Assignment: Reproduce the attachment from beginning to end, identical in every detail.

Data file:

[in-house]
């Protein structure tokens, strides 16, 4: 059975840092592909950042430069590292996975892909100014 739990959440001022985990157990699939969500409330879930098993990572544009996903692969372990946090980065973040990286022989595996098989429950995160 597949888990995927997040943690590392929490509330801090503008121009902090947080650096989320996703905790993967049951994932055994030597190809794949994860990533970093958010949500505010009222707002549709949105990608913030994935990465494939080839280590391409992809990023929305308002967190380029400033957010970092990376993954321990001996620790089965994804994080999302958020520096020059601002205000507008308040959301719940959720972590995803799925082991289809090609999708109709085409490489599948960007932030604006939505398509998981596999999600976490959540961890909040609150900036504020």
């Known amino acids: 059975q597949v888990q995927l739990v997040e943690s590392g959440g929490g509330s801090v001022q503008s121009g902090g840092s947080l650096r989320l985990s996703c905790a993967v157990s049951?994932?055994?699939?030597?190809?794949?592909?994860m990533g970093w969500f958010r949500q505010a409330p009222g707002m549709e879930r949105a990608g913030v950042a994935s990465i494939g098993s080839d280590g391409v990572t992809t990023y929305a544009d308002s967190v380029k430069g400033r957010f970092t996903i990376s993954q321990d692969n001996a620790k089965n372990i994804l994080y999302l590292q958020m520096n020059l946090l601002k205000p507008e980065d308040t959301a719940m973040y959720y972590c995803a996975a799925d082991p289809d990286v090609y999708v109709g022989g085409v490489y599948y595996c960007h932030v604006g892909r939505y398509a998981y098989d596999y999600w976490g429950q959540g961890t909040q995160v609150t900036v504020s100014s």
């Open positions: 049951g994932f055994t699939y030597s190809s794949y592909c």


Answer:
[in-house]
């Protein structure tokens, strides 16, 4: 059975840092592909950042430069590292996975892909100014 739990959440001022985990157990699939969500409330879930098993990572544009996903692969372990946090980065973040990286022989595996098989429950995160 597949888990995927997040943690590392929490509330801090503008121009902090947080650096989320996703905790993967049951994932055994030597190809794949994860990533970093958010949500505010009222707002549709949105990608913030994935990465494939080839280590391409992809990023929305308002967190380029400033957010970092990376993954321990001996620790089965994804994080999302958020520096020059601002205000507008308040959301719940959720972590995803799925082991289809090609999708109709085409490489599948960007932030604006939505398509998981596999999600976490959540961890909040609150900036504020």
């Known amino acids: 059975q597949v888990q995927l739990v997040e943690s590392g959440g929490g509330s801090v001022q503008s121009g902090g840092s947080l650096r989320l985990s996703c905790a993967v157990s049951?994932?055994?699939?030597?190809?794949?592909?994860m990533g970093w969500f958010r949500q505010a409330p009222g707002m549709e879930r949105a990608g913030v950042a994935s990465i494939g098993s080839d280590g391409v990572t992809t990023y929305a544009d308002s967190v380029k430069g400033r957010f970092t996903i990376s993954q321990d692969n001996a620790k089965n372990i994804l994080y999302l590292q958020m520096n020059l946090l601002k205000p507008e980065d308040t959301a719940m973040y959720y972590c995803a996975a799925d082991p289809d990286v090609y999708v109709g022989g085409v490489y599948y595996c960007h932030v604006g892909r939505y398509a998981y098989d596999y999600w976490g429950q959540g961890t909040q995160v609150t900036v504020s100014s």
């Open positions: 049951g994932f055994t699939y030597s190809s794949y592909c």